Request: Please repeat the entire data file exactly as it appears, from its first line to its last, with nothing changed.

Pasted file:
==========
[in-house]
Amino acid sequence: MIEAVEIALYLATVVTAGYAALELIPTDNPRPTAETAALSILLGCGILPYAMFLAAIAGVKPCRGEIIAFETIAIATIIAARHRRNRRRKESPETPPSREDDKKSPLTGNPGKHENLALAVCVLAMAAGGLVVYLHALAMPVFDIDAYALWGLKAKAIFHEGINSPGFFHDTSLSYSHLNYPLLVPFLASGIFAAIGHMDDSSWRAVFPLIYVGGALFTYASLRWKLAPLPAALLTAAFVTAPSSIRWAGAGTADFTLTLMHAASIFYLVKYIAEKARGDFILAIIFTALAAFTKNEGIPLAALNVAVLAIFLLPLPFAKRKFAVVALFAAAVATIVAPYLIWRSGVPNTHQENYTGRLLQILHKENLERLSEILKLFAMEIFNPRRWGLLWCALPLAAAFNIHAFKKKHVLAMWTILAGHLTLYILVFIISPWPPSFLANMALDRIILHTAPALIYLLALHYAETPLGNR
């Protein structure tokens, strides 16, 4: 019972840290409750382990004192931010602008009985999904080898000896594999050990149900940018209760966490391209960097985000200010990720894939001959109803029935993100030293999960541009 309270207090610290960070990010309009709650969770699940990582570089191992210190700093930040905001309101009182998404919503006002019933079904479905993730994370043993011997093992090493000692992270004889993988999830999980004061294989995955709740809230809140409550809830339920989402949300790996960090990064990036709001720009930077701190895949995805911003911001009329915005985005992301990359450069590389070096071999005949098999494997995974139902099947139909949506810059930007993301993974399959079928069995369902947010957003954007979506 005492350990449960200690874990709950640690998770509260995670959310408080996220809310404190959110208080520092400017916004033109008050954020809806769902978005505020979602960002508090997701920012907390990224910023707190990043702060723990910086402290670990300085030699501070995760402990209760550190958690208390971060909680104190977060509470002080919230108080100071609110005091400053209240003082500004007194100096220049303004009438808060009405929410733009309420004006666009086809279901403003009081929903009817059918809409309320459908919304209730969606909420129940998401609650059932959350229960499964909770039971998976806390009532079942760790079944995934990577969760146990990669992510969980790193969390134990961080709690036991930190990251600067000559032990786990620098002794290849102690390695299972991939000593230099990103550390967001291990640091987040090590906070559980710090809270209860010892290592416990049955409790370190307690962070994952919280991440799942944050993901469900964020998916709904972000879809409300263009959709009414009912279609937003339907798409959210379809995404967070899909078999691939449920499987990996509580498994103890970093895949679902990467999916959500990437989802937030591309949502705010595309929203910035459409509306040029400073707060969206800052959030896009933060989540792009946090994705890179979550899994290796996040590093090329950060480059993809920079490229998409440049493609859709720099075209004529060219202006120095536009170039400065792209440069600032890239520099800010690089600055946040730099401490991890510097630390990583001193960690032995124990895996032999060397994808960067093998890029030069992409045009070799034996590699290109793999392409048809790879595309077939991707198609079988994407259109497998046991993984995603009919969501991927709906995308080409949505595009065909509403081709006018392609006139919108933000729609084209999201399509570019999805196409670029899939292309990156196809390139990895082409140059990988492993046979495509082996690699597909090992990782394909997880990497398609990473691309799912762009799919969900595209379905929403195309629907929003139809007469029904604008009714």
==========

[in-house]
Amino acid sequence: MIEAVEIALYLATVVTAGYAALELIPTDNPRPTAETAALSILLGCGILPYAMFLAAIAGVKPCRGEIIAFETIAIATIIAARHRRNRRRKESPETPPSREDDKKSPLTGNPGKHENLALAVCVLAMAAGGLVVYLHALAMPVFDIDAYALWGLKAKAIFHEGINSPGFFHDTSLSYSHLNYPLLVPFLASGIFAAIGHMDDSSWRAVFPLIYVGGALFTYASLRWKLAPLPAALLTAAFVTAPSSIRWAGAGTADFTLTLMHAASIFYLVKYIAEKARGDFILAIIFTALAAFTKNEGIPLAALNVAVLAIFLLPLPFAKRKFAVVALFAAAVATIVAPYLIWRSGVPNTHQENYTGRLLQILHKENLERLSEILKLFAMEIFNPRRWGLLWCALPLAAAFNIHAFKKKHVLAMWTILAGHLTLYILVFIISPWPPSFLANMALDRIILHTAPALIYLLALHYAETPLGNR
């Protein structure tokens, strides 16, 4: 019972840290409750382990004192931010602008009985999904080898000896594999050990149900940018209760966490391209960097985000200010990720894939001959109803029935993100030293999960541009 309270207090610290960070990010309009709650969770699940990582570089191992210190700093930040905001309101009182998404919503006002019933079904479905993730994370043993011997093992090493000692992270004889993988999830999980004061294989995955709740809230809140409550809830339920989402949300790996960090990064990036709001720009930077701190895949995805911003911001009329915005985005992301990359450069590389070096071999005949098999494997995974139902099947139909949506810059930007993301993974399959079928069995369902947010957003954007979506 005492350990449960200690874990709950640690998770509260995670959310408080996220809310404190959110208080520092400017916004033109008050954020809806769902978005505020979602960002508090997701920012907390990224910023707190990043702060723990910086402290670990300085030699501070995760402990209760550190958690208390971060909680104190977060509470002080919230108080100071609110005091400053209240003082500004007194100096220049303004009438808060009405929410733009309420004006666009086809279901403003009081929903009817059918809409309320459908919304209730969606909420129940998401609650059932959350229960499964909770039971998976806390009532079942760790079944995934990577969760146990990669992510969980790193969390134990961080709690036991930190990251600067000559032990786990620098002794290849102690390695299972991939000593230099990103550390967001291990640091987040090590906070559980710090809270209860010892290592416990049955409790370190307690962070994952919280991440799942944050993901469900964020998916709904972000879809409300263009959709009414009912279609937003339907798409959210379809995404967070899909078999691939449920499987990996509580498994103890970093895949679902990467999916959500990437989802937030591309949502705010595309929203910035459409509306040029400073707060969206800052959030896009933060989540792009946090994705890179979550899994290796996040590093090329950060480059993809920079490229998409440049493609859709720099075209004529060219202006120095536009170039400065792209440069600032890239520099800010690089600055946040730099401490991890510097630390990583001193960690032995124990895996032999060397994808960067093998890029030069992409045009070799034996590699290109793999392409048809790879595309077939991707198609079988994407259109497998046991993984995603009919969501991927709906995308080409949505595009065909509403081709006018392609006139919108933000729609084209999201399509570019999805196409670029899939292309990156196809390139990895082409140059990988492993046979495509082996690699597909090992990782394909997880990497398609990473691309799912762009799919969900595209379905929403195309629907929003139809007469029904604008009714």